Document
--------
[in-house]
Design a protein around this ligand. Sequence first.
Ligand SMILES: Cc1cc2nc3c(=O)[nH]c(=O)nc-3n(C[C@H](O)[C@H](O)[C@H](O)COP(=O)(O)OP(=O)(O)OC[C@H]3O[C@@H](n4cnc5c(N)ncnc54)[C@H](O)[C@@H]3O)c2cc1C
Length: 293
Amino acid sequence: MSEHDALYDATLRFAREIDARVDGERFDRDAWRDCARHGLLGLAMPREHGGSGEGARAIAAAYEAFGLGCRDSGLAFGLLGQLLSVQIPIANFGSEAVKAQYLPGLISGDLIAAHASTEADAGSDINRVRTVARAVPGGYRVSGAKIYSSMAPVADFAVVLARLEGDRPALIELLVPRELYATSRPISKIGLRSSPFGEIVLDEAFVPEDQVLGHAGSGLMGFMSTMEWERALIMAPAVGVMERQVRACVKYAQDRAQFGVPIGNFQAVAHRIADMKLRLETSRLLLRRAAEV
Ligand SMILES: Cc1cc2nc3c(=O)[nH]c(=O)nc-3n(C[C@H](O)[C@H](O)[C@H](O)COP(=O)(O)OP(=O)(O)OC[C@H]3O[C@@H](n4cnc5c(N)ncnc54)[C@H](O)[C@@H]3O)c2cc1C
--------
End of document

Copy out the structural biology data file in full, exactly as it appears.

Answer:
[in-house]
Design a protein around this ligand. Sequence first.
Ligand SMILES: Cc1cc2nc3c(=O)[nH]c(=O)nc-3n(C[C@H](O)[C@H](O)[C@H](O)COP(=O)(O)OP(=O)(O)OC[C@H]3O[C@@H](n4cnc5c(N)ncnc54)[C@H](O)[C@@H]3O)c2cc1C
Length: 293
Amino acid sequence: MSEHDALYDATLRFAREIDARVDGERFDRDAWRDCARHGLLGLAMPREHGGSGEGARAIAAAYEAFGLGCRDSGLAFGLLGQLLSVQIPIANFGSEAVKAQYLPGLISGDLIAAHASTEADAGSDINRVRTVARAVPGGYRVSGAKIYSSMAPVADFAVVLARLEGDRPALIELLVPRELYATSRPISKIGLRSSPFGEIVLDEAFVPEDQVLGHAGSGLMGFMSTMEWERALIMAPAVGVMERQVRACVKYAQDRAQFGVPIGNFQAVAHRIADMKLRLETSRLLLRRAAEV
Ligand SMILES: Cc1cc2nc3c(=O)[nH]c(=O)nc-3n(C[C@H](O)[C@H](O)[C@H](O)COP(=O)(O)OP(=O)(O)OC[C@H]3O[C@@H](n4cnc5c(N)ncnc54)[C@H](O)[C@@H]3O)c2cc1C